Author Q&A: Nell Zink

Doxology (4th Estate, £14.99)

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Pam, Daniel, and Joe are shocked when their terrible punk band becomes a springboard for Joe’s pop superstardom, even as they raise Pam’s daughter Flora. But on September 11, 2001, New York’s devastation coincides with a personal loss for the trio. In the aftermath, Flora becomes a committed political activist. When a new foe threatens the country, Flora’s family have to look to the past for unhealed wounds and rediscovered strengths. Zink tells you just as much as you need to know about bass guitar amps and early IT coding as she propels the story into state of the nation – state of the planet, even – territory with her usual originality and wit.

Your last novel, Nicotine, was drafted in a month but Doxology has a greater historical sweep. Did you take a different approach to writing it?
Definitely. Nicotine has more than a hundred short sections – mostly dialogue – and no chapter breaks. It could even be called a formal experiment, if this were 1922. Doxology is divided into three main sections, each with a different focus, more like a regular novel. So writing it was a very different activity. It’s a good bit longer than Nicotine. It took all my mental powers and then some to keep track of the story.

You’ve said you tried to make Joe, the improbable rock star, an unlikeable character. How come he isn’t? 
I guess because people identify with underdogs, or maybe it’s that the behaviour of people who appear mildly insane is more fun to read about than to experience in real life. I emphasise that for most people he’s a fatiguing character to be around, but he’s less fatiguing for readers encountering him in noiseless prose scenes that last a couple of minutes. That’s the power of fiction – it can turn even war into entertainment.

Despite the purity of her rejection of her parents, Pam comes to regret it. How does this set her up for her relationship with her daughter?
She becomes less egocentric. The question is no longer whether her parents were guilty of physical abuse – obviously they were – but whether the sentence she pronounced on them was proportional. She never stops blaming them, but after she’s a parent herself, she starts to feel how much her disappearance must have hurt them. That thinking is what makes it so easy for her to let go of Flora. She knows uncertainty is the real nightmare, not separation.

You write: “The internet was conceived of as a giant library. The world’s naiveté was grotesque.” Do we have a more realistic view now or are we in danger of going too far and overlooking its virtues?
As far as I know, it hasn’t developed any new virtues since about 1992. Access to email and on-demand asynchronous media was enough of a jolt. Society still isn’t ready to mount a defence against intimate surveillance. People even seem to like it. The internet was more likable when it was mostly porn, which is fairly easy to boycott. But it’s hard to boycott surveillance by service providers without boycotting the whole thing.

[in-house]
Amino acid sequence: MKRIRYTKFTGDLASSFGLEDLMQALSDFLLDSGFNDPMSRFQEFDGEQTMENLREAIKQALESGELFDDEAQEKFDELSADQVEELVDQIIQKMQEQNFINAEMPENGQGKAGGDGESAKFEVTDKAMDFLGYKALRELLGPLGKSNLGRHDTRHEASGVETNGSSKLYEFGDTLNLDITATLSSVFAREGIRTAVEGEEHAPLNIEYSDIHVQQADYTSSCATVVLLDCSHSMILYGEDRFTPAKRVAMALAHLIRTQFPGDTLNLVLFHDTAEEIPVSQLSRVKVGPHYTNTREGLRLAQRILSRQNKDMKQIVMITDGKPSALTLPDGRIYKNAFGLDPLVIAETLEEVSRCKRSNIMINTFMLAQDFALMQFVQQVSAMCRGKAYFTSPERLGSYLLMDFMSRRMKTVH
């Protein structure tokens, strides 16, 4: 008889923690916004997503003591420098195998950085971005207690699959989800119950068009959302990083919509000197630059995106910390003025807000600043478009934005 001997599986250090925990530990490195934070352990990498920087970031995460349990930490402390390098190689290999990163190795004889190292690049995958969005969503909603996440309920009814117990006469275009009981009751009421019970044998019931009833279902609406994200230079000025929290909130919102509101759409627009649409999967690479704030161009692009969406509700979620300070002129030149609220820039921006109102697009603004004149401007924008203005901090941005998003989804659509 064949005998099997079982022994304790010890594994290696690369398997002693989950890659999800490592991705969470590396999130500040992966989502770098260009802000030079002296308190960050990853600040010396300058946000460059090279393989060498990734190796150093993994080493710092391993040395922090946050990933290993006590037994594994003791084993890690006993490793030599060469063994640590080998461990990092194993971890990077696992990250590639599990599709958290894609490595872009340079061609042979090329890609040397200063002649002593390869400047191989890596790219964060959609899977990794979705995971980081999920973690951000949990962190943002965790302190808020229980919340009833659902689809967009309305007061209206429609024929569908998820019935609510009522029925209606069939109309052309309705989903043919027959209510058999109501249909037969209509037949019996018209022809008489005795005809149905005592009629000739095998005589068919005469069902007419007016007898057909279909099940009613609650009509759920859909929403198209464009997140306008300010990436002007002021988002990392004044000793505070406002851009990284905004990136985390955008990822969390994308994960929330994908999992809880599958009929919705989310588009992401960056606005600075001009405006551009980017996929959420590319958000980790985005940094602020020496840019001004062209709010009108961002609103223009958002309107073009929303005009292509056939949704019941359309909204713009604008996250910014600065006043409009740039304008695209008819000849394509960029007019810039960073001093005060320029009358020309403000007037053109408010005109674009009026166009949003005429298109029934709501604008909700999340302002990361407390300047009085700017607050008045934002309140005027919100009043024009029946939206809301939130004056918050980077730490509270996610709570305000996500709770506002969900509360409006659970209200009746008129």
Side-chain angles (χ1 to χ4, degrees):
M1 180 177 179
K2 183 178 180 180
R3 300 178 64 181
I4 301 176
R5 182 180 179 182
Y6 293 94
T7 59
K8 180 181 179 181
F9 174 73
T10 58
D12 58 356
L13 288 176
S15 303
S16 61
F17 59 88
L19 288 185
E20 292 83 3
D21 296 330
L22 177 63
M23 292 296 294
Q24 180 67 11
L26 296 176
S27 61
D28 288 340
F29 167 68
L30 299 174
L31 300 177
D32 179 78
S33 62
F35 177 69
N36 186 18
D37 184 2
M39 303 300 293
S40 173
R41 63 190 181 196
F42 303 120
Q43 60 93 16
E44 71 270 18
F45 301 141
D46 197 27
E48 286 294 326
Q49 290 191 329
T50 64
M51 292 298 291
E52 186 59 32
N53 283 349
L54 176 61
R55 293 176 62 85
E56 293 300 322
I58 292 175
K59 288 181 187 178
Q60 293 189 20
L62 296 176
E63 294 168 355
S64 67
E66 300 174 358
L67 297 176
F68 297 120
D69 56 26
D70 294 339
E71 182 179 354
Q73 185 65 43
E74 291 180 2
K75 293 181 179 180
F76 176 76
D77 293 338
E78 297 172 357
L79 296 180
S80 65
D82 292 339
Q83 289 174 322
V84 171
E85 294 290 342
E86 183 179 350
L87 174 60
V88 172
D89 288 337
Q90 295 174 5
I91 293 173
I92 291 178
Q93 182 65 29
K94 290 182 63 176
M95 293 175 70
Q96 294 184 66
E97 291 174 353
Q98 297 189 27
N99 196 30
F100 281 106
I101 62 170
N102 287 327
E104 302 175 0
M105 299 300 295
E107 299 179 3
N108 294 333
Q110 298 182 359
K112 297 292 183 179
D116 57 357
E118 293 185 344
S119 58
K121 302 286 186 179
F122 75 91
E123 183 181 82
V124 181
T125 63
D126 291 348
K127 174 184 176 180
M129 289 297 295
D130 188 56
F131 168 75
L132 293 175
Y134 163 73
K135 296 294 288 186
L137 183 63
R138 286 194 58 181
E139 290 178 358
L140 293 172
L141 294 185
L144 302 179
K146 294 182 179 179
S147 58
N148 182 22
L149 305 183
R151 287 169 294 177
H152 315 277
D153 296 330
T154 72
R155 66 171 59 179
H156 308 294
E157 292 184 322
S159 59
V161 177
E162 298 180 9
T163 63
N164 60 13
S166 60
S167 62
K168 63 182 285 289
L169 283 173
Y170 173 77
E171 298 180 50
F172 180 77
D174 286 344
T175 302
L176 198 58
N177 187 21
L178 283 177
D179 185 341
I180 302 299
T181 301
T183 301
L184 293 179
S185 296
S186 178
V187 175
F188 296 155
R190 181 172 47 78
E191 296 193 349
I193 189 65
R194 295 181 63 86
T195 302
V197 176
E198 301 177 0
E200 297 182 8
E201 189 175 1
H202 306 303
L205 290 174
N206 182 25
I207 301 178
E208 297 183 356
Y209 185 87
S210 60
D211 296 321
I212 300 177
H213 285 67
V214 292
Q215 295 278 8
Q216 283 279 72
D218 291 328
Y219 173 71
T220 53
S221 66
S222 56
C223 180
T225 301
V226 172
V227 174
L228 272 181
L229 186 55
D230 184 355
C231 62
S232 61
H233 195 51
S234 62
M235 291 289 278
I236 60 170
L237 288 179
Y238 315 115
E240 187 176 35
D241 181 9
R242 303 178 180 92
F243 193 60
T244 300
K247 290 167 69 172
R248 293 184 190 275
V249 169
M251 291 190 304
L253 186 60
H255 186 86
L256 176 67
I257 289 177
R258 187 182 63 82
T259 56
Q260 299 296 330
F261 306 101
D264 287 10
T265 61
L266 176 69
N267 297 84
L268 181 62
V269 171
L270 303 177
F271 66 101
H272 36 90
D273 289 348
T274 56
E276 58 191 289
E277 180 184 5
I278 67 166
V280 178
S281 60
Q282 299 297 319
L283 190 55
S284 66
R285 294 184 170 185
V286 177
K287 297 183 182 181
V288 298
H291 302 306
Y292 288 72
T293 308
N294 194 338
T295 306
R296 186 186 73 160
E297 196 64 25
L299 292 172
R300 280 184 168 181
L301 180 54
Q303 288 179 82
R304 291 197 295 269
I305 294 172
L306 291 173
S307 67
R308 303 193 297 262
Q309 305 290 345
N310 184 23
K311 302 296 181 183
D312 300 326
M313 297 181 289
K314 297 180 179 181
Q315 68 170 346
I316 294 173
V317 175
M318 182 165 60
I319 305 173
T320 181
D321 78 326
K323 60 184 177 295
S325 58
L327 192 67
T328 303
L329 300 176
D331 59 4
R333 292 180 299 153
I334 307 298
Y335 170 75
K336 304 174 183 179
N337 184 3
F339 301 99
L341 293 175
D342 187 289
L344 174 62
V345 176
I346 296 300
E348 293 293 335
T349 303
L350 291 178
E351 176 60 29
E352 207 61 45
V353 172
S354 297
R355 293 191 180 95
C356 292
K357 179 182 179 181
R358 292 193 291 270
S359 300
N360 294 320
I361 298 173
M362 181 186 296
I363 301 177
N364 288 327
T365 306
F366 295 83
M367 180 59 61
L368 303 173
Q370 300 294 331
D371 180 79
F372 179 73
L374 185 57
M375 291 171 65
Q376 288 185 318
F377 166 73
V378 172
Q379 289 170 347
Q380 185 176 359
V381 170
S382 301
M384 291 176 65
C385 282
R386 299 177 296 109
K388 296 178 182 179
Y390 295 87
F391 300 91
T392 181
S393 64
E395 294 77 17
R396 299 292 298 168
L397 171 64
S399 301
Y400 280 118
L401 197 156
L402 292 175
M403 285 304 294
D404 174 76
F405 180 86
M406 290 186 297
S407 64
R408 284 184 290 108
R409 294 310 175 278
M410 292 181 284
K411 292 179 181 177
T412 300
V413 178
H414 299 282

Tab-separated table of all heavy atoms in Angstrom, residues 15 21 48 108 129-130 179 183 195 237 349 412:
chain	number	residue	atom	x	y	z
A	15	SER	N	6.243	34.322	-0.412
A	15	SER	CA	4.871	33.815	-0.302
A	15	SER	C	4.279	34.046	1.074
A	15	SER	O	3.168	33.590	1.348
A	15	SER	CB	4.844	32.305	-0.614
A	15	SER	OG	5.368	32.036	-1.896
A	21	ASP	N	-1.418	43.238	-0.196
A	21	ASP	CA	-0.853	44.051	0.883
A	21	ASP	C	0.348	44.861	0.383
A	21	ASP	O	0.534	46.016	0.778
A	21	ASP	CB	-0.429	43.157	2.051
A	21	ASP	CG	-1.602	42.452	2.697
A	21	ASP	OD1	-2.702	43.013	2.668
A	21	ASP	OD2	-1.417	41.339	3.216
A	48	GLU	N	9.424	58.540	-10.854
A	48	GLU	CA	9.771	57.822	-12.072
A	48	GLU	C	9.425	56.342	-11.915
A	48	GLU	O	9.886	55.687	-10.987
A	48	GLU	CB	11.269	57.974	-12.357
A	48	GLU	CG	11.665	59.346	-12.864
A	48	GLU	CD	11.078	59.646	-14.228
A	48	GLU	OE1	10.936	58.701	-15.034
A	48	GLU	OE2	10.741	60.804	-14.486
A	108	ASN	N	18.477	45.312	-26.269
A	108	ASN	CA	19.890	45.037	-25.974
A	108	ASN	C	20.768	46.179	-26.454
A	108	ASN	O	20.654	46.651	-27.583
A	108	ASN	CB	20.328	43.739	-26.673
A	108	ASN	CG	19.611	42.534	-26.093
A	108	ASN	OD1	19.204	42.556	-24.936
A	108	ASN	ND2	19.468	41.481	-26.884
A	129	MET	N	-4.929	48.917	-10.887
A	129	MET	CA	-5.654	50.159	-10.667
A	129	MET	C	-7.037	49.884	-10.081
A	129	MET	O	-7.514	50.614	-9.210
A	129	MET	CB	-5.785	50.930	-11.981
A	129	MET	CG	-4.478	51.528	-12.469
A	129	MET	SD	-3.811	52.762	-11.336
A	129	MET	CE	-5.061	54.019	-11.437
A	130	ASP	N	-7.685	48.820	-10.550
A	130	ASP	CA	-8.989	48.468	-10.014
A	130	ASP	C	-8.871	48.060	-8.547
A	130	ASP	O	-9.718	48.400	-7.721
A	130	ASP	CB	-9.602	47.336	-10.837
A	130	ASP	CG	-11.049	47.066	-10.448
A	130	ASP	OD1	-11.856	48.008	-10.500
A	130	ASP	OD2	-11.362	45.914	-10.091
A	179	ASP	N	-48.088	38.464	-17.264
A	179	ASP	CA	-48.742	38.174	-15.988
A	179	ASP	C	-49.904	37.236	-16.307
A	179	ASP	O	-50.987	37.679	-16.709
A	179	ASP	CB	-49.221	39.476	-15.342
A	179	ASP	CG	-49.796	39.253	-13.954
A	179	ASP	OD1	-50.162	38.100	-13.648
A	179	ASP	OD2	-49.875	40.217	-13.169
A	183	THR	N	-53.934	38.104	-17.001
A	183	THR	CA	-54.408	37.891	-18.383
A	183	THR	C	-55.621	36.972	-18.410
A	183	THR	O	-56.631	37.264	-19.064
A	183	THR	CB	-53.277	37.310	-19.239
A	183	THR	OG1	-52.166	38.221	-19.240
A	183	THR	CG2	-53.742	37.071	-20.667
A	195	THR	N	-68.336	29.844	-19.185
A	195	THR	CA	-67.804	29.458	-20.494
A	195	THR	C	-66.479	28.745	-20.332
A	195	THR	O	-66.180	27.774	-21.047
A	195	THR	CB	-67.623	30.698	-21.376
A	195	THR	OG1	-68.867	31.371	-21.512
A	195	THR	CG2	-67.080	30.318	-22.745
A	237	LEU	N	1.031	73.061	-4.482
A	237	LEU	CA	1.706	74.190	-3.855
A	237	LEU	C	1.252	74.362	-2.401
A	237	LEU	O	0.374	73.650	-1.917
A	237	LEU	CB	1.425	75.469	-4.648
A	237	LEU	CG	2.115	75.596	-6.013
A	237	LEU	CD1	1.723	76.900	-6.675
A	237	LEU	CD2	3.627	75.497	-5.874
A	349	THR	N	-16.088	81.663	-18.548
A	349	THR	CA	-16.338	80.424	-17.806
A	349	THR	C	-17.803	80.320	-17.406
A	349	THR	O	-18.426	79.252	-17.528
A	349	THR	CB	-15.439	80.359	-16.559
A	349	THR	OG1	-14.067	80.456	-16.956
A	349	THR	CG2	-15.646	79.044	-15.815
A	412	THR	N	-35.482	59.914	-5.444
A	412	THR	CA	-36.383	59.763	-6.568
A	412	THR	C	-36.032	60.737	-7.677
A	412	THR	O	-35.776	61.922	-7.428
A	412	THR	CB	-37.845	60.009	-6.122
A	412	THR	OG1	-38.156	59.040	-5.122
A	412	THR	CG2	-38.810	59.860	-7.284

After 9/11, you write that the air in New York was “thick with smoke and love. Love poured into a city whose inhabitants were not used even to being liked.” Is it back to normal now, do you think?
No. Not even close! Between aggressive policing and the after-effects of Sex and the City, the inner boroughs are unrecognisably safe and twee now. The parks are charming. The homeless people are beloved local icons, not hordes of lunatics blocking your access to public transit. You never hear about gang-initiation-related straight-razor face slashings anymore. New York used to be a dangerous wayside on the road to money. Now privileged people move to Brooklyn to enjoy the high quality of life. Different world.

Pam and Daniel’s daughter Flora campaigns for green presidential candidate Jill Stein in the book. In a two-party system like the US, can she afford such idealism?
The novel puts that question a number of times and finds different answers. Young people have a right to make idealistic mistakes. The one to blame would be Jill Stein, who should have pulled out of the race and loudly endorsed the Democrat.

When we last spoke in 2015 you told us that living in Germany fostered a sense of artistic creativity compared with the US. Is that still the case? Oh, and an obligatory Brexit question – how does Britain’s weird political situation look from Berlin?
I could survive as a writer in the US now that I’m rich, but Germany makes life a lot easier for struggling artists. Rent is cheap, food is cheap, and artists can get 50 euro a month health insurance that covers two years of psychoanalysis. I haven’t met anyone in Berlin who minds in the least about Brexit. You would need to ask someone in south-western Germany, where the economy revolves around cars and machine tools. Berlin is full of management consultants under contract to government agencies, and I’m sure they couldn’t be happier.

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